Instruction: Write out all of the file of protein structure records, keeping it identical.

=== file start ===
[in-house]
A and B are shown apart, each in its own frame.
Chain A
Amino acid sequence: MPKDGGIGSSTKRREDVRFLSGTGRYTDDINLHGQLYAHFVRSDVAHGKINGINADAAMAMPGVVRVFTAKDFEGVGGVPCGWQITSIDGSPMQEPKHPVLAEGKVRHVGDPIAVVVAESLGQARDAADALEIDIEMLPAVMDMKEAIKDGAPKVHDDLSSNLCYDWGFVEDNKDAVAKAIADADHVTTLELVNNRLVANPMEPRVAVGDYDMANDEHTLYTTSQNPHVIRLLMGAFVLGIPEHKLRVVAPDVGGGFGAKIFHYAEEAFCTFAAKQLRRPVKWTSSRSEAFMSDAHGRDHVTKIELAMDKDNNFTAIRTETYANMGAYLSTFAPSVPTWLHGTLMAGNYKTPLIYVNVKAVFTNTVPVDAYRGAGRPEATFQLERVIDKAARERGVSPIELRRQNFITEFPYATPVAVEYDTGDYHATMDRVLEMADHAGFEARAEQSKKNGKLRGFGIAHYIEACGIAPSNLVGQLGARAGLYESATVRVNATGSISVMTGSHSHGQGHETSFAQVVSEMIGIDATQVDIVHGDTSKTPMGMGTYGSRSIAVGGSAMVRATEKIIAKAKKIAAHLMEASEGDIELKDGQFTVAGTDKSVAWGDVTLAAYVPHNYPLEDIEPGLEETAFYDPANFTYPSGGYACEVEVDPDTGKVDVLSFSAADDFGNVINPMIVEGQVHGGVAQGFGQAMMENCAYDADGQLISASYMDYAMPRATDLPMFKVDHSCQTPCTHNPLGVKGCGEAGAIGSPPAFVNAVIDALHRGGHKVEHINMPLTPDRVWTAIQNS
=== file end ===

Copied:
[in-house]
A and B are shown apart, each in its own frame.
Chain A
Amino acid sequence: MPKDGGIGSSTKRREDVRFLSGTGRYTDDINLHGQLYAHFVRSDVAHGKINGINADAAMAMPGVVRVFTAKDFEGVGGVPCGWQITSIDGSPMQEPKHPVLAEGKVRHVGDPIAVVVAESLGQARDAADALEIDIEMLPAVMDMKEAIKDGAPKVHDDLSSNLCYDWGFVEDNKDAVAKAIADADHVTTLELVNNRLVANPMEPRVAVGDYDMANDEHTLYTTSQNPHVIRLLMGAFVLGIPEHKLRVVAPDVGGGFGAKIFHYAEEAFCTFAAKQLRRPVKWTSSRSEAFMSDAHGRDHVTKIELAMDKDNNFTAIRTETYANMGAYLSTFAPSVPTWLHGTLMAGNYKTPLIYVNVKAVFTNTVPVDAYRGAGRPEATFQLERVIDKAARERGVSPIELRRQNFITEFPYATPVAVEYDTGDYHATMDRVLEMADHAGFEARAEQSKKNGKLRGFGIAHYIEACGIAPSNLVGQLGARAGLYESATVRVNATGSISVMTGSHSHGQGHETSFAQVVSEMIGIDATQVDIVHGDTSKTPMGMGTYGSRSIAVGGSAMVRATEKIIAKAKKIAAHLMEASEGDIELKDGQFTVAGTDKSVAWGDVTLAAYVPHNYPLEDIEPGLEETAFYDPANFTYPSGGYACEVEVDPDTGKVDVLSFSAADDFGNVINPMIVEGQVHGGVAQGFGQAMMENCAYDADGQLISASYMDYAMPRATDLPMFKVDHSCQTPCTHNPLGVKGCGEAGAIGSPPAFVNAVIDALHRGGHKVEHINMPLTPDRVWTAIQNS